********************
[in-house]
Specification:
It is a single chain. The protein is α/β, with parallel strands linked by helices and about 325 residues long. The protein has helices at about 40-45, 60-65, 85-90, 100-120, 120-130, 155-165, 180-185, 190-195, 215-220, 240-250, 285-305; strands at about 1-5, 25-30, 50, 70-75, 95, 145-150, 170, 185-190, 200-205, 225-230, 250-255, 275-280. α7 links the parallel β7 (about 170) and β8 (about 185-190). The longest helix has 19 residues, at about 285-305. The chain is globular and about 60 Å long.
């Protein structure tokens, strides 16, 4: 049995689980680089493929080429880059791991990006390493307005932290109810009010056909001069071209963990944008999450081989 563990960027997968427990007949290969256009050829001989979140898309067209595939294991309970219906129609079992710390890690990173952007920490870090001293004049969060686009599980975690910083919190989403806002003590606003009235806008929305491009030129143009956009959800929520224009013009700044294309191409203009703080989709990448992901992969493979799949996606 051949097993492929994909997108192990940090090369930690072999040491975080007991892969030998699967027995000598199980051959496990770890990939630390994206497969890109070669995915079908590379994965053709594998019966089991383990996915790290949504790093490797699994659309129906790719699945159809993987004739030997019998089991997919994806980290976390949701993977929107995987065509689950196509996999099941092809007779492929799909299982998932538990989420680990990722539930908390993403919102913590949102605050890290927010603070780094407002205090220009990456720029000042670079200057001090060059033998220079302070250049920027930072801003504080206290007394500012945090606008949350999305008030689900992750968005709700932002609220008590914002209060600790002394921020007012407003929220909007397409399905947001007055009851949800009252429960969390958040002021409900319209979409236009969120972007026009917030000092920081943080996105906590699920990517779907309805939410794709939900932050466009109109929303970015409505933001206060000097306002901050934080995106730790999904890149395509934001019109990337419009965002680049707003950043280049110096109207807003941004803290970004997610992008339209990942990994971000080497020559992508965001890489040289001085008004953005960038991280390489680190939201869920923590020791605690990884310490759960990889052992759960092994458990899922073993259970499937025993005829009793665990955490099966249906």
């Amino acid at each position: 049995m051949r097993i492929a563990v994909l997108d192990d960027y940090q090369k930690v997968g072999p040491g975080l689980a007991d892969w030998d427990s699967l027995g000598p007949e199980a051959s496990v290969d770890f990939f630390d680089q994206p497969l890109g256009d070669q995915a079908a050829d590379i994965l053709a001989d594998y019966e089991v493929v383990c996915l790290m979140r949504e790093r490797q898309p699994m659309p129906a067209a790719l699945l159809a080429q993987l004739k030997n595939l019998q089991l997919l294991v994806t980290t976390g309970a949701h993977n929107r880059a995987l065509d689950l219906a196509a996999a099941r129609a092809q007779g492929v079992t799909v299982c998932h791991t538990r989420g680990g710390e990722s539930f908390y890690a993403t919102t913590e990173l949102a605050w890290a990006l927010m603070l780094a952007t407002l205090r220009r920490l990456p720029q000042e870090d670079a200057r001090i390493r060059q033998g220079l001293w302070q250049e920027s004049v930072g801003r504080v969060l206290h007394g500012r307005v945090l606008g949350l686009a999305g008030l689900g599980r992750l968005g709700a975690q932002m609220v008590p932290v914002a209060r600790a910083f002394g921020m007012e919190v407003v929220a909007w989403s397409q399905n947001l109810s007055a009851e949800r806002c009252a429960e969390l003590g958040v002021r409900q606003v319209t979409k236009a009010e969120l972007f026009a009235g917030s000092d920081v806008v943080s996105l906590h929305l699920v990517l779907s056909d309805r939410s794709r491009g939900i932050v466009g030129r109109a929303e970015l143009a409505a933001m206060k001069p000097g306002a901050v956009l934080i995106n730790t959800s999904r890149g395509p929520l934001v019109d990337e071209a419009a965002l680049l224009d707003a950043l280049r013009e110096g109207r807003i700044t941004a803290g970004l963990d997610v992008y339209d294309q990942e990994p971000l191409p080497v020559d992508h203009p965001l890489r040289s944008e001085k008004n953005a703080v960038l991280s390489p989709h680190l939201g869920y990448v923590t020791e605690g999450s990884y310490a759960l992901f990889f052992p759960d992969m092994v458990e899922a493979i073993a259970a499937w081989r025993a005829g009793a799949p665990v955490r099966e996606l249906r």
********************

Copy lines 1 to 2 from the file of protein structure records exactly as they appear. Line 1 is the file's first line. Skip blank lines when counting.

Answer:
[in-house]
Specification: